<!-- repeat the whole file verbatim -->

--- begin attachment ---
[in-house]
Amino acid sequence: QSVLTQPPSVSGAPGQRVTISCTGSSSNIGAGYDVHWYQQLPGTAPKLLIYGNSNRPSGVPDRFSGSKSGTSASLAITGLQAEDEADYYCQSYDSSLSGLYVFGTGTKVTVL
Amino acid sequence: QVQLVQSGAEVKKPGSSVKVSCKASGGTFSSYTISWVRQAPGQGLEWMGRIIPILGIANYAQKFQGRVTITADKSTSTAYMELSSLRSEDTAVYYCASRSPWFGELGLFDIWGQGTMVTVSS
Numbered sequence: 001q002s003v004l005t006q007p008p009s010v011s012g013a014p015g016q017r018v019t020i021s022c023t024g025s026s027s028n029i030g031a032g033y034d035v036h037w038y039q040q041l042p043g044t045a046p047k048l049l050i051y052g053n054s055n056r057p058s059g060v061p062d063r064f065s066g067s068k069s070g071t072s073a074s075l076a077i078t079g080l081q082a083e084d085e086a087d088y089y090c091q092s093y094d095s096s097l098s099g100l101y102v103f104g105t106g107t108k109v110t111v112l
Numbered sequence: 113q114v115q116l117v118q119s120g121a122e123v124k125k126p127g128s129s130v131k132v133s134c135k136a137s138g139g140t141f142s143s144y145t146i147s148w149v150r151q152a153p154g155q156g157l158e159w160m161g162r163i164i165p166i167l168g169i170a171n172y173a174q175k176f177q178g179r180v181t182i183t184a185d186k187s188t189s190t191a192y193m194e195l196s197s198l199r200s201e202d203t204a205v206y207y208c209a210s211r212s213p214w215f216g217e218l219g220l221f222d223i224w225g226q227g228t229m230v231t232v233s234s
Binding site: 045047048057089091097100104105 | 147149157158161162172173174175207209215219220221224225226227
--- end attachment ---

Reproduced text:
[in-house]
Amino acid sequence: QSVLTQPPSVSGAPGQRVTISCTGSSSNIGAGYDVHWYQQLPGTAPKLLIYGNSNRPSGVPDRFSGSKSGTSASLAITGLQAEDEADYYCQSYDSSLSGLYVFGTGTKVTVL
Amino acid sequence: QVQLVQSGAEVKKPGSSVKVSCKASGGTFSSYTISWVRQAPGQGLEWMGRIIPILGIANYAQKFQGRVTITADKSTSTAYMELSSLRSEDTAVYYCASRSPWFGELGLFDIWGQGTMVTVSS
Numbered sequence: 001q002s003v004l005t006q007p008p009s010v011s012g013a014p015g016q017r018v019t020i021s022c023t024g025s026s027s028n029i030g031a032g033y034d035v036h037w038y039q040q041l042p043g044t045a046p047k048l049l050i051y052g053n054s055n056r057p058s059g060v061p062d063r064f065s066g067s068k069s070g071t072s073a074s075l076a077i078t079g080l081q082a083e084d085e086a087d088y089y090c091q092s093y094d095s096s097l098s099g100l101y102v103f104g105t106g107t108k109v110t111v112l
Numbered sequence: 113q114v115q116l117v118q119s120g121a122e123v124k125k126p127g128s129s130v131k132v133s134c135k136a137s138g139g140t141f142s143s144y145t146i147s148w149v150r151q152a153p154g155q156g157l158e159w160m161g162r163i164i165p166i167l168g169i170a171n172y173a174q175k176f177q178g179r180v181t182i183t184a185d186k187s188t189s190t191a192y193m194e195l196s197s198l199r200s201e202d203t204a205v206y207y208c209a210s211r212s213p214w215f216g217e218l219g220l221f222d223i224w225g226q227g228t229m230v231t232v233s234s
Binding site: 045047048057089091097100104105 | 147149157158161162172173174175207209215219220221224225226227